The United States’ gross domestic product (GDP) was negative for two straight quarters. Many people would call that a recession.
The National Federation of Independent Business (NFIB) Small Business Optimism Index dropped to 89.5 in June 2022. The NFIB survey revealed that business owners’ expectations over the next six months hit their lowest level recorded in the 48-year survey.
The textbook response of small businesses in the face of a recession is to cut costs to match their drop in revenue. The two most popular tools to cut costs are worker layoffs and slashing adverting expenses. During most other recessions, this column might dedicate more time to helping businesses most effectively right-size their organizations. However, according to the NFIB survey, 50 percent of owners report that they cannot fill job openings. Cutting labor to reduce costs is not an option for many companies. That makes reducing advertising costs a more palatable solution.
Many small businesses are already cutting back on advertising. Companies like Meta (formerly Facebook), Snap and Twitter derive much revenue from small U.S. businesses. Each of those companies is reporting lower advertising revenue and offering shaky guidance for the coming quarters.
Alyssa, who sells her jewelry in boutiques found in Berkshire County towns like Lenox, Williamstown and Great Barrington, makes 80 percent of her sales through Instagram advertising. With sales slipping in recent months, she has reduced her digital advertising budget for the remainder of the year. Karl, who uses more traditional advertising to promote his Belchertown roofing business, has canceled his billboard campaign, which was slated to run into 2023.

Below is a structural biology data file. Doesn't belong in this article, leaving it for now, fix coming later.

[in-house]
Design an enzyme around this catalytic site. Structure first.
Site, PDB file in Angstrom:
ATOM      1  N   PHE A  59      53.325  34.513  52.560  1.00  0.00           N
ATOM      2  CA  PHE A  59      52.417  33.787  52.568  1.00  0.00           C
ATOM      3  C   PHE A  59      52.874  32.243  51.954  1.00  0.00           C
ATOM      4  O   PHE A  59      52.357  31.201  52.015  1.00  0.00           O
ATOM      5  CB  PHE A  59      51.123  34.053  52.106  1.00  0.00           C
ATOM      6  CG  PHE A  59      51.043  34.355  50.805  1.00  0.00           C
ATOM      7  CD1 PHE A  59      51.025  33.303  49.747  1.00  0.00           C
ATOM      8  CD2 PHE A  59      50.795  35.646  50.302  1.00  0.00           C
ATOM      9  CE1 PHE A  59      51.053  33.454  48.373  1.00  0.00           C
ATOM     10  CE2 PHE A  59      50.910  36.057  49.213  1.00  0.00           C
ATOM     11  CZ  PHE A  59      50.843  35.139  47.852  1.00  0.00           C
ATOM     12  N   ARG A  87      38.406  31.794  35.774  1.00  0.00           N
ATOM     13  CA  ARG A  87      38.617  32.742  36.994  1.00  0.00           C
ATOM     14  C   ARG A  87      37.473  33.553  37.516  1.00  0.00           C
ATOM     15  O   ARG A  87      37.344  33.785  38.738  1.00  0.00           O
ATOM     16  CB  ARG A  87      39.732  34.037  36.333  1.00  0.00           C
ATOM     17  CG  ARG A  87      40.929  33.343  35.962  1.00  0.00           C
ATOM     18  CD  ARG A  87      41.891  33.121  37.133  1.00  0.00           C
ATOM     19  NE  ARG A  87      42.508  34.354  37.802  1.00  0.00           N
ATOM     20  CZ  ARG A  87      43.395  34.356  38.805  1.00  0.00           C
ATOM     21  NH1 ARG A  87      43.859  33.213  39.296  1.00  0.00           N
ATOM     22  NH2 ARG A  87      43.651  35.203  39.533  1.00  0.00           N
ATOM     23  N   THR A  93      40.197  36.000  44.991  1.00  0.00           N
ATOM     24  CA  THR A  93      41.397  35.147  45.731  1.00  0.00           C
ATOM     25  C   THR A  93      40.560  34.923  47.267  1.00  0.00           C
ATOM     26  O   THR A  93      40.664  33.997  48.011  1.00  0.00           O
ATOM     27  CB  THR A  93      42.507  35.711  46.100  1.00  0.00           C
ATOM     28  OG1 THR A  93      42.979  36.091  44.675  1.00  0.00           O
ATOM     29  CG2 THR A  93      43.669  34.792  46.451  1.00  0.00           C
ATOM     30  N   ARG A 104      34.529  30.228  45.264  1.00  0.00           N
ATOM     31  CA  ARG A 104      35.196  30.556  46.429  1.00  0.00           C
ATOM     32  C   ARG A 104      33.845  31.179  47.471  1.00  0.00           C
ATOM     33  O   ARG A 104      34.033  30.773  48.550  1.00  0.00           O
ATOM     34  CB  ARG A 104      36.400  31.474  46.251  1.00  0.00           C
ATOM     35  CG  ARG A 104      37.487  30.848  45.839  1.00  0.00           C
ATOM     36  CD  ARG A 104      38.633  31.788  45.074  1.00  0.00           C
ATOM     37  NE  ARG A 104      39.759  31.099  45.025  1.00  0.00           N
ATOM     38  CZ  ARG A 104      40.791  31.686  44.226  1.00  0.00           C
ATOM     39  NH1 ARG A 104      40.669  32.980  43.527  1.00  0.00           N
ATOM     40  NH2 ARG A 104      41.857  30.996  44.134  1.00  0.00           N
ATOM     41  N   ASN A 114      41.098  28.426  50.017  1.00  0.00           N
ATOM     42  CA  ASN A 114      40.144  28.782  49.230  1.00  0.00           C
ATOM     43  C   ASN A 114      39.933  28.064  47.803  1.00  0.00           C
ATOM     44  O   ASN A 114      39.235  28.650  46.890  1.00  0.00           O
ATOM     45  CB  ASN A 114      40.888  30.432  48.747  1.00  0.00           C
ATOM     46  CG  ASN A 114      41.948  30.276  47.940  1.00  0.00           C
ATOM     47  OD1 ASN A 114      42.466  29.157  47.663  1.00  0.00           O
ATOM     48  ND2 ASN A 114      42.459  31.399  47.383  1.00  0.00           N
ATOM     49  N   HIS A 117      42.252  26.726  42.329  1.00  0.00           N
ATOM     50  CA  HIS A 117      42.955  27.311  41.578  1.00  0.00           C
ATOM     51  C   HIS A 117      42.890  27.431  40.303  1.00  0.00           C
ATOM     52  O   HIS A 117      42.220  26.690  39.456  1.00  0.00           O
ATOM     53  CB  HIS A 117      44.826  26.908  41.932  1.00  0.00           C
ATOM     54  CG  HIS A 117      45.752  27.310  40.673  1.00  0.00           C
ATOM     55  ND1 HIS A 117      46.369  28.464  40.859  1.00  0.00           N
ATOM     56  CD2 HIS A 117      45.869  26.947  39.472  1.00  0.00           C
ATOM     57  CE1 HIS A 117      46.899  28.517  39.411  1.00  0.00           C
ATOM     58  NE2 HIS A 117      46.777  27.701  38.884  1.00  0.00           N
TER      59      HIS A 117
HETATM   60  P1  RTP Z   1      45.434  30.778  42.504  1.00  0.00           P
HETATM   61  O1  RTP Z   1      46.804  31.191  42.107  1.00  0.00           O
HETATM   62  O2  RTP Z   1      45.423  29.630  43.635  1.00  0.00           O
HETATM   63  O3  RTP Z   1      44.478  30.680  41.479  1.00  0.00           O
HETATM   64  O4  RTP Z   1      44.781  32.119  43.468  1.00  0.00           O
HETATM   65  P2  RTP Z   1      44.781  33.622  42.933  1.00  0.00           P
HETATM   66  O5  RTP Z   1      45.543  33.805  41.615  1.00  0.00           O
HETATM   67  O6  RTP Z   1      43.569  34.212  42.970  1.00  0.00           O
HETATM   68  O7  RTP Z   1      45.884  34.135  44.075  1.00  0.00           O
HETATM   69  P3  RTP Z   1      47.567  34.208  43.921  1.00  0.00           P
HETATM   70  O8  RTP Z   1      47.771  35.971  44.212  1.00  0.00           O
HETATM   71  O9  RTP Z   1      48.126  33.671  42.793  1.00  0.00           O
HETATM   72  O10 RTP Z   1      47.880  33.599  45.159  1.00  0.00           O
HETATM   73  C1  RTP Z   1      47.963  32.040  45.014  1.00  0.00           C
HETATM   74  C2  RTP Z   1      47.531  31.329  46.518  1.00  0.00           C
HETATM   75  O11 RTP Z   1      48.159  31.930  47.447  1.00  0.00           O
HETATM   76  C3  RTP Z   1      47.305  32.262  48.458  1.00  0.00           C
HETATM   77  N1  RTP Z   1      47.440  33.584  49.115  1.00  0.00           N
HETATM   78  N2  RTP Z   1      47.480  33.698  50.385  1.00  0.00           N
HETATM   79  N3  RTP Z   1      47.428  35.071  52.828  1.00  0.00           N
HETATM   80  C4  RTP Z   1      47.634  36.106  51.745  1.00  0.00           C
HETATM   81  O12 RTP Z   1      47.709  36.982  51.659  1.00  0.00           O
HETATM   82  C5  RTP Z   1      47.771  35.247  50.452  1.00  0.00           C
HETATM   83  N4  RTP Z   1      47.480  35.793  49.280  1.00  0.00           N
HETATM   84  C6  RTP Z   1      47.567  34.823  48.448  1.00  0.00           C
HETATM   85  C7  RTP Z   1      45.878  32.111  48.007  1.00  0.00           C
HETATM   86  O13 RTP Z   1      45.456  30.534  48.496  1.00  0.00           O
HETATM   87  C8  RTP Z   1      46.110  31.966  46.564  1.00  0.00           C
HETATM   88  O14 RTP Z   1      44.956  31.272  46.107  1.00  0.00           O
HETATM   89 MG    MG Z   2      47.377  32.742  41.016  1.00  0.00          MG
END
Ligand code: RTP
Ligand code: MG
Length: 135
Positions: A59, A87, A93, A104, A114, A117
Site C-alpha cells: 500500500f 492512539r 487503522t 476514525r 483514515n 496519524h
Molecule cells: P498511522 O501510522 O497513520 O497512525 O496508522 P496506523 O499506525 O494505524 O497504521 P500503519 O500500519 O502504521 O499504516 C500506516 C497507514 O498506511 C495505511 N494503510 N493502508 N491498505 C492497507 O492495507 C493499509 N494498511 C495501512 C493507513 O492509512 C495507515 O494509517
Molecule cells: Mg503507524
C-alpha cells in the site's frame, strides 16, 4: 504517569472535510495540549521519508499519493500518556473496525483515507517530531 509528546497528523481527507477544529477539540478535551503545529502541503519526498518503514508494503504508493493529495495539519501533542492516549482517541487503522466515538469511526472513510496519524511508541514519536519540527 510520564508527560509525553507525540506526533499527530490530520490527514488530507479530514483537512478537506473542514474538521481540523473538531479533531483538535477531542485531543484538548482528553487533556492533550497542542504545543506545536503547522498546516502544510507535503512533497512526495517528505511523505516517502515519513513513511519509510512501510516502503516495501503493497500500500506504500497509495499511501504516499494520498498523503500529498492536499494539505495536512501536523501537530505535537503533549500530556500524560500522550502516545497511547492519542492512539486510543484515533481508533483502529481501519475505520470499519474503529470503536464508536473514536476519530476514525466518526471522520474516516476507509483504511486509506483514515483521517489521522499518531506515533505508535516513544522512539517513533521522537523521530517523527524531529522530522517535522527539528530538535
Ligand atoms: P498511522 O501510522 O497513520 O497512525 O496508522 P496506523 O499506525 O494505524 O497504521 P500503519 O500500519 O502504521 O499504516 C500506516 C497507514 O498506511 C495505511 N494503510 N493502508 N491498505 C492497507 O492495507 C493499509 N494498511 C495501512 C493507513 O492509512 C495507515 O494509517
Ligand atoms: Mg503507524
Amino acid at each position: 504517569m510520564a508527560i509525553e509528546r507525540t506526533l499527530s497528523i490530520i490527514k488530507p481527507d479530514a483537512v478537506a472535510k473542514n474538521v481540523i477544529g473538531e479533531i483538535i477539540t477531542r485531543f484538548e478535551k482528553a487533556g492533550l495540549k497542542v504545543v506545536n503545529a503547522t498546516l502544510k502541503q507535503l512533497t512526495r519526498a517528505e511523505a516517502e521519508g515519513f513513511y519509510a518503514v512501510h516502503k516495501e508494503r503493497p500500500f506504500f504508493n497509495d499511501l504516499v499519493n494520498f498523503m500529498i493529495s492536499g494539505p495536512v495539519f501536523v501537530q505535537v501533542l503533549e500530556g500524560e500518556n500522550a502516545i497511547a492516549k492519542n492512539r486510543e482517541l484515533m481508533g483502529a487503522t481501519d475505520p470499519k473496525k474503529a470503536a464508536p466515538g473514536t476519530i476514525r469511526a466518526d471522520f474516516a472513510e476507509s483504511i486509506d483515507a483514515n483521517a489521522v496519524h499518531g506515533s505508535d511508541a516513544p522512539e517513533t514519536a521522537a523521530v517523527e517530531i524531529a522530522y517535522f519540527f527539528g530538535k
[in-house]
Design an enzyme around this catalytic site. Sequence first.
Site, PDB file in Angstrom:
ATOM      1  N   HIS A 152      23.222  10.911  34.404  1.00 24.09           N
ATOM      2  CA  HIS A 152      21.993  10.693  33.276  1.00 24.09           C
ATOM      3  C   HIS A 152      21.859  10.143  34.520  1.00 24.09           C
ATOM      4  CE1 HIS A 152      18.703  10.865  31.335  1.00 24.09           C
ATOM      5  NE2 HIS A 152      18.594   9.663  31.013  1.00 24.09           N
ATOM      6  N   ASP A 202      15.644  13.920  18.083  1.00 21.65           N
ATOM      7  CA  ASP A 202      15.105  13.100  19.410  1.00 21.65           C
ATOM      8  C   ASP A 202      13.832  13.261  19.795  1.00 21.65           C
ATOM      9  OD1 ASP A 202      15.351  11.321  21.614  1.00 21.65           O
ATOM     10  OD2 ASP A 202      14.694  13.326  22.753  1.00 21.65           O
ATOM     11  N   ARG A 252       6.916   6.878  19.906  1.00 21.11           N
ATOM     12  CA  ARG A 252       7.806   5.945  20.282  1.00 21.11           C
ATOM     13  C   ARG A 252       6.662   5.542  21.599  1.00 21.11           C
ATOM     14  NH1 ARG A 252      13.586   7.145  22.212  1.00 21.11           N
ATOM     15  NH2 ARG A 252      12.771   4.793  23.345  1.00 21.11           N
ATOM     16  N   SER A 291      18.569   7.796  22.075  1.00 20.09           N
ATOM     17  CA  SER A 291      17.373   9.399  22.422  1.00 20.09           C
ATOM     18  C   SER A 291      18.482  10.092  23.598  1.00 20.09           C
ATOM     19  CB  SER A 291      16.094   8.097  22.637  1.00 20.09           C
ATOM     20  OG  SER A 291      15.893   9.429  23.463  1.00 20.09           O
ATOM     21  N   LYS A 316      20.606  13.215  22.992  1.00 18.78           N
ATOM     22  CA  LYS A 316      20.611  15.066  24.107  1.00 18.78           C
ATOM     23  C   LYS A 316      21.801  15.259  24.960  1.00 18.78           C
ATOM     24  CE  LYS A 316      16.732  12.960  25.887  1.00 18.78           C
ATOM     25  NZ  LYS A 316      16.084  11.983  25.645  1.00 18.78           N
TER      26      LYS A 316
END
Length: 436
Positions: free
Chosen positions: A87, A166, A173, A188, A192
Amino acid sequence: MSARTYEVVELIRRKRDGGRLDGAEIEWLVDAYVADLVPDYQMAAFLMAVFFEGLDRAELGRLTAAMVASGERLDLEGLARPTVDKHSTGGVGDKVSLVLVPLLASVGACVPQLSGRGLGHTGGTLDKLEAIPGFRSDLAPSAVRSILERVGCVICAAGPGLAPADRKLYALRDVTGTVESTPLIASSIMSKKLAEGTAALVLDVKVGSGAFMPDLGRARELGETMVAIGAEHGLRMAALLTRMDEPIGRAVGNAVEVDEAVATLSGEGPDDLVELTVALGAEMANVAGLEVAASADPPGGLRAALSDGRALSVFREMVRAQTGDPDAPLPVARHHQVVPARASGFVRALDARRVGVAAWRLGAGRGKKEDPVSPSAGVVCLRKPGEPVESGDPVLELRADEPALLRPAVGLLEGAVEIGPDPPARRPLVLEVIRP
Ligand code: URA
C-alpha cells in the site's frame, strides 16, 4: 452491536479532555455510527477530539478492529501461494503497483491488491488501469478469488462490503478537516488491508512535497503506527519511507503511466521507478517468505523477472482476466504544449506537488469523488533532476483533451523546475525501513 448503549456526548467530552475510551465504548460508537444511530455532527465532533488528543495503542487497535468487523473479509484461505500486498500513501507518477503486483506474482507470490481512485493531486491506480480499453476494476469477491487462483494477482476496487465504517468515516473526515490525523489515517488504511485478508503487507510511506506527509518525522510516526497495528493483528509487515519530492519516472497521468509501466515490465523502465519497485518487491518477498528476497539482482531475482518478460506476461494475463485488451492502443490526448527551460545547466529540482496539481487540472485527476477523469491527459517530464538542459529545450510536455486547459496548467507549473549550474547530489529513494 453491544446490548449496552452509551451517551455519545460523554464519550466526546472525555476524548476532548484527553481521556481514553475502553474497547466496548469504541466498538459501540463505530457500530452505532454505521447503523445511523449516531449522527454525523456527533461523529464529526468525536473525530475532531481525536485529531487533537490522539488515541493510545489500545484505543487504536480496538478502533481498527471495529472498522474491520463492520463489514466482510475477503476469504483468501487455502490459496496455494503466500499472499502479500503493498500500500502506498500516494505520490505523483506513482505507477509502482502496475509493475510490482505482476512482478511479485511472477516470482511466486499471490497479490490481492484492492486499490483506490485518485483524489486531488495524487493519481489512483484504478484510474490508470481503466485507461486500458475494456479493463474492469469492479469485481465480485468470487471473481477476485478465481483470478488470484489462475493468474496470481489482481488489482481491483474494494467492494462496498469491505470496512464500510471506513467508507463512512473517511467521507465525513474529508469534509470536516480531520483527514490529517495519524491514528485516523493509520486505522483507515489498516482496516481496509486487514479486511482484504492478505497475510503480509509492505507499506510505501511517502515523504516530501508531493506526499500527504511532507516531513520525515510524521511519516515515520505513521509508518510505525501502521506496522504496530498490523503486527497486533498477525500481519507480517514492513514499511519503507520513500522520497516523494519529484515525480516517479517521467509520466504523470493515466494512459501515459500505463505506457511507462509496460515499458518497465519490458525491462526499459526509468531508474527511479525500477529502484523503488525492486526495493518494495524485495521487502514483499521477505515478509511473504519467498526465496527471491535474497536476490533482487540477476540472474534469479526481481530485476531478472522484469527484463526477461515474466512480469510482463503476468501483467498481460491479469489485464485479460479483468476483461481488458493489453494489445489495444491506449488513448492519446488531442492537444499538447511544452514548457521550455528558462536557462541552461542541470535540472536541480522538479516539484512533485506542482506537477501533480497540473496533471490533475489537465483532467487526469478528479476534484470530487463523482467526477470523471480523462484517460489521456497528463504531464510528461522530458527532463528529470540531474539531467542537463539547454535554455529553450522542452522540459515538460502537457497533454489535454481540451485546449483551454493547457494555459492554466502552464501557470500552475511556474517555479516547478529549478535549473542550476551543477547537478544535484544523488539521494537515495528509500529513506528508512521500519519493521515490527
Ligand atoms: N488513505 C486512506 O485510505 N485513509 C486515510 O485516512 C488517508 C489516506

I suggest that you think differently from Alyssa and Karl. Containing costs is smart, but you don’t want to sacrifice your long-term growth. According to marketing firm MiQ, companies that continued to advertise during the prolonged recession of the 1980s saw 256 percent higher sales than their counterparts. Those who chose not to advertise during the contraction experienced no increase in market share and a mere 18 percent rise in sales once the economy picked up.
Consider changing the mix of advertising but not necessarily the amount. But, yes, cut some of that spending. There is a saying in the industry, “a third of my advertising works; I just don’t know which third.” You may be considering cutting costs because demand is down. That means worker capacity is up. Use that time to determine what advertising is working and what is not.
Sheila owns a furniture chain based out of Albany, N.Y. She uses Salesforce, the customer relationship management software, to track her customers and opportunities. Her floor salespersons input names, addresses, and keywords that are associated with the reasons why the customer entered the store. Did they see an advertisement? Go to the golf tournament Sheila sponsored? Get referred by a real estate agent? (For the customer’s digital journey, that path is tracked by an outsourced provider who can determine the route customers took to arrive at Sheila’s website and then the store).